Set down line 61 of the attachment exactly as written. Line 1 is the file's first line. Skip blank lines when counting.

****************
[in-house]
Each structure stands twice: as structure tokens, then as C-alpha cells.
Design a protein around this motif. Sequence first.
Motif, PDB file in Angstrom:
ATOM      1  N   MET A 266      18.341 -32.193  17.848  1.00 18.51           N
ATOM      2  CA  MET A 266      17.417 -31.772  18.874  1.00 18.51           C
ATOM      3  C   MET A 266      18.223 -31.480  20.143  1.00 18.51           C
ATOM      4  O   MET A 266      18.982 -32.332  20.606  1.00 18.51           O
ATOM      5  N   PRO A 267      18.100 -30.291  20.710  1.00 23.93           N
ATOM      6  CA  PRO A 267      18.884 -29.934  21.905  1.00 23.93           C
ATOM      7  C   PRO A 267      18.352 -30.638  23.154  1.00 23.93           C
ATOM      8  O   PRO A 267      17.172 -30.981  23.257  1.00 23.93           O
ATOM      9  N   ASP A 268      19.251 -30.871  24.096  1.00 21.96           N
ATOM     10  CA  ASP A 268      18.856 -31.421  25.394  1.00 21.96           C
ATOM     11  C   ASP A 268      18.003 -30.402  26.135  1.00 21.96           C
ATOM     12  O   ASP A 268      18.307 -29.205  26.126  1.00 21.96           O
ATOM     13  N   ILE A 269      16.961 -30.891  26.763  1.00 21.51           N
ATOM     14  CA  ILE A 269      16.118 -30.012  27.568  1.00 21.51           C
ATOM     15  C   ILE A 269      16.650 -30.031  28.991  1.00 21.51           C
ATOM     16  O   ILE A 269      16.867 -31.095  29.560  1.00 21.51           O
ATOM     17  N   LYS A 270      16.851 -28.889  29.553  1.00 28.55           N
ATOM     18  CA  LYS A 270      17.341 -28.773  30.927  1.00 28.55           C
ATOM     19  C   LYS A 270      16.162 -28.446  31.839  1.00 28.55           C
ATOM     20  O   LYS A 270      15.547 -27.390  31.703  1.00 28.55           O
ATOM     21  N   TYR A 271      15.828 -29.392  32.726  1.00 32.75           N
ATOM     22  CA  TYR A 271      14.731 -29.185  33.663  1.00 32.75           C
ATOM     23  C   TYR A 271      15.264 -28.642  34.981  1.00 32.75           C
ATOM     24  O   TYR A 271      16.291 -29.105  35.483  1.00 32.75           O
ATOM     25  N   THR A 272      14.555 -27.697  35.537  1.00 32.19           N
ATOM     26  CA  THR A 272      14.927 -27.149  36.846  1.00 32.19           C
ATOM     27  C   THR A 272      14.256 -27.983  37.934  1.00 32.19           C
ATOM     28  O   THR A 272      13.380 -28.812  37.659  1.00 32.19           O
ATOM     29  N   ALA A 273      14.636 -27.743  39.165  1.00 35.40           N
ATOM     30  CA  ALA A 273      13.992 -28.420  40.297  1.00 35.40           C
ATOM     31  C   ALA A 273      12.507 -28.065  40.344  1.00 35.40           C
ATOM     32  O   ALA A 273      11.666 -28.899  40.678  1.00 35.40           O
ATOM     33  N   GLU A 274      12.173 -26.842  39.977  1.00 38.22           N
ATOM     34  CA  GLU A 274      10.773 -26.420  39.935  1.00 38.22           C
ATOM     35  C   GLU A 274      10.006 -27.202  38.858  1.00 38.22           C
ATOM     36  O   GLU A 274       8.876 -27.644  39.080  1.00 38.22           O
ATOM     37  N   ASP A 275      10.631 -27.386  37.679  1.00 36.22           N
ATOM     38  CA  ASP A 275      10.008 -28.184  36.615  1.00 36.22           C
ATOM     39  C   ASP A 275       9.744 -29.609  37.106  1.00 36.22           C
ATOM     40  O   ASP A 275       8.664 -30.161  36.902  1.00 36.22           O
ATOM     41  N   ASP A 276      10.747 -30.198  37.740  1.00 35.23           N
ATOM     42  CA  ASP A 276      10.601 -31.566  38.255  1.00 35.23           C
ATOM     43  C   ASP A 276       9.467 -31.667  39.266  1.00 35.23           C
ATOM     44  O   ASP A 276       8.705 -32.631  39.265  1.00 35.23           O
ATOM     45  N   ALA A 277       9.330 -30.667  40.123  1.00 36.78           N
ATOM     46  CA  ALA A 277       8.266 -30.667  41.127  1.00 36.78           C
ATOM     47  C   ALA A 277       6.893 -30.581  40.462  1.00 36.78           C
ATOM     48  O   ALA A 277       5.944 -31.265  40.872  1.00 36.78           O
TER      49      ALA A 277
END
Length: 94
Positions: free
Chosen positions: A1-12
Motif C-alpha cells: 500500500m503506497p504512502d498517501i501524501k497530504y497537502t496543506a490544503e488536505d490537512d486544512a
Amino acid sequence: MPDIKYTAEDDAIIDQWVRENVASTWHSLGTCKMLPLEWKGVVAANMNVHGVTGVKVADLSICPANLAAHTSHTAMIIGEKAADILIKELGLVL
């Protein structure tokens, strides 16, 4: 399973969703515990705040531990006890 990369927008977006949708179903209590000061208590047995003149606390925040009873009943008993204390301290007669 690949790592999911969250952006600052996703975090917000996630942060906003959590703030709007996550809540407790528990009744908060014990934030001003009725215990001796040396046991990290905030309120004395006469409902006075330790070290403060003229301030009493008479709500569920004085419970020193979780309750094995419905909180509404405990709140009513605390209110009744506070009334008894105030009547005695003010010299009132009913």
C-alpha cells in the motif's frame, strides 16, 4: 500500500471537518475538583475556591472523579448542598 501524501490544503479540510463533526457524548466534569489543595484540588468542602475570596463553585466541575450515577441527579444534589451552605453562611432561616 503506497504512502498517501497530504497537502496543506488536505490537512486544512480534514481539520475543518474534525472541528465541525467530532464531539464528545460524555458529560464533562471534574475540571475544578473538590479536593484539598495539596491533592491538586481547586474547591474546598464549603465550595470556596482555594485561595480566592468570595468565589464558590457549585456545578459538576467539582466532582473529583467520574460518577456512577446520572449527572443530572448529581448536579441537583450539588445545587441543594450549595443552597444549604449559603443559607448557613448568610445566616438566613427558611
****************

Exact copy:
C-alpha cells in the motif's frame, strides 16, 4: 500500500471537518475538583475556591472523579448542598 501524501490544503479540510463533526457524548466534569489543595484540588468542602475570596463553585466541575450515577441527579444534589451552605453562611432561616 503506497504512502498517501497530504497537502496543506488536505490537512486544512480534514481539520475543518474534525472541528465541525467530532464531539464528545460524555458529560464533562471534574475540571475544578473538590479536593484539598495539596491533592491538586481547586474547591474546598464549603465550595470556596482555594485561595480566592468570595468565589464558590457549585456545578459538576467539582466532582473529583467520574460518577456512577446520572449527572443530572448529581448536579441537583450539588445545587441543594450549595443552597444549604449559603443559607448557613448568610445566616438566613427558611